Spending time with parents is all well and good when kids go on a family vacation, but it doesn’t measure up to seeing new places. That’s one insight gleaned by a national Synovate survey of 7-12-year-olds and their mothers in households with income of at least $50,000, conducted for the Orlando/Orange County Convention & Visitors Bureau of Florida.
When asked what they “like most about vacationing with mom or dad,” a plurality of kids said it’s “going to places I haven’t been to before” (27 percent). The runner-up was “spending more time with mom/dad” (18 percent), followed by “staying in a hotel” (14 percent), “playing in a big swimming pool” (11 percent), “not having to go to school” (11 percent) and “roller coaster/other rides” (8 percent). Girls were more likely than boys to say the chief appeal is visiting new places (33 percent vs. 21 percent). Boys were more apt than girls to be mostly glad they’re not in school (17 percent vs. 6 percent).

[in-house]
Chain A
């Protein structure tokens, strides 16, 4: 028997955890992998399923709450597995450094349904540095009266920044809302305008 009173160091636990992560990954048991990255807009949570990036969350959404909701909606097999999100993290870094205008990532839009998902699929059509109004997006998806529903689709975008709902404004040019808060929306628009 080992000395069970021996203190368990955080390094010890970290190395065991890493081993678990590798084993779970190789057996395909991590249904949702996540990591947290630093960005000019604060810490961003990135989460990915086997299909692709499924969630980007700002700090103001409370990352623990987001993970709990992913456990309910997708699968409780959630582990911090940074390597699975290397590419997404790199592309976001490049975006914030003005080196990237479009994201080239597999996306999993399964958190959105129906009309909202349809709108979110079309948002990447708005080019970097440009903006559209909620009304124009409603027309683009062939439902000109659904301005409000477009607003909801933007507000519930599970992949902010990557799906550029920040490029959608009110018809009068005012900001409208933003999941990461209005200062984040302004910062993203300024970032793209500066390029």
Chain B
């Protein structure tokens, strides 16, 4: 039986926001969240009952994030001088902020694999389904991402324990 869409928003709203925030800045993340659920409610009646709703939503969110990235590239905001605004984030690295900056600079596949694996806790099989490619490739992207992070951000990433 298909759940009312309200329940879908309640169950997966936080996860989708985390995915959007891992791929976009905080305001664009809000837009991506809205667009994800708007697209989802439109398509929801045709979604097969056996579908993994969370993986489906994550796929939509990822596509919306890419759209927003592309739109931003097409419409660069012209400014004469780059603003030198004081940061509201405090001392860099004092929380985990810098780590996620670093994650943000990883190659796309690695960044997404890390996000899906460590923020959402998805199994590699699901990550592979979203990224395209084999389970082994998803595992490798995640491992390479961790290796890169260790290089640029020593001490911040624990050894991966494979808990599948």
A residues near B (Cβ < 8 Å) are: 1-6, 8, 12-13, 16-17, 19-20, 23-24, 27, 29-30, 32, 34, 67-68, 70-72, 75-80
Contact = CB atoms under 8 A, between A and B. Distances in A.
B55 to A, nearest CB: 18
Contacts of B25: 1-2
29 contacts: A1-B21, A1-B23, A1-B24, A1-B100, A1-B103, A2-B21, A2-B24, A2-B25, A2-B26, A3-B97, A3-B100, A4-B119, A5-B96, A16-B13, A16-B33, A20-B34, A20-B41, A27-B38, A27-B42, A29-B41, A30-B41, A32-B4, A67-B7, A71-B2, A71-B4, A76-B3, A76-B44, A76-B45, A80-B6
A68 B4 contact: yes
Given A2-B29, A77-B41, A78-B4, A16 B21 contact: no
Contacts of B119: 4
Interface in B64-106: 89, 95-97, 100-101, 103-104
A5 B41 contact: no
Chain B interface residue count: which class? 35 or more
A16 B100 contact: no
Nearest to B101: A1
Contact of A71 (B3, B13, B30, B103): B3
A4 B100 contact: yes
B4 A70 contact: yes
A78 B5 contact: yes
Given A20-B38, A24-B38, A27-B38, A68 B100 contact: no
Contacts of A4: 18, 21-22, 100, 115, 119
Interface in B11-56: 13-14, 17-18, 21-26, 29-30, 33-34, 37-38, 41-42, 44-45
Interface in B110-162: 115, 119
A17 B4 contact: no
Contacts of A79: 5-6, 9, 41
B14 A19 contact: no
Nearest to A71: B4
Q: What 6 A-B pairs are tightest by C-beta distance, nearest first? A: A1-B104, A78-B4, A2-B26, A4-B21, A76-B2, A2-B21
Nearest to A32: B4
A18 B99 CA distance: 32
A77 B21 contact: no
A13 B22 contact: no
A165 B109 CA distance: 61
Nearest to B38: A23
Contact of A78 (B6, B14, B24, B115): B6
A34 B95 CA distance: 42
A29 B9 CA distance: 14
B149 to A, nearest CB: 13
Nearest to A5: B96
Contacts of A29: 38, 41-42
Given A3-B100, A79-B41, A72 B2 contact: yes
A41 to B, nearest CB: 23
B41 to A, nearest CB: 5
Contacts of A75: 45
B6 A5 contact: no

When mothers plan a family vacation, what do they hope their kids will get out if it? The foremost wish (cited by 34 percent of mothers) is that the vacation will “provide new experiences.” Also high on the list are hopes the vacationing kids will relax and have fun (27 percent), get away from the stress of work, school and home (19 percent) and get more “one-on-one time” with their parents (14 percent).
Part of the appeal of a vacation for parents and kids alike is that the former feel able to say “yes” to the latter more often than at home. Nineteen percent of mothers reported saying “yes” to their kids “much more often” when on vacation, and another 50 percent said they do so “somewhat more often.” Among the matters about which they’re more indulgent are letting the kids stay up late, letting them have spending money and letting them eat sweets.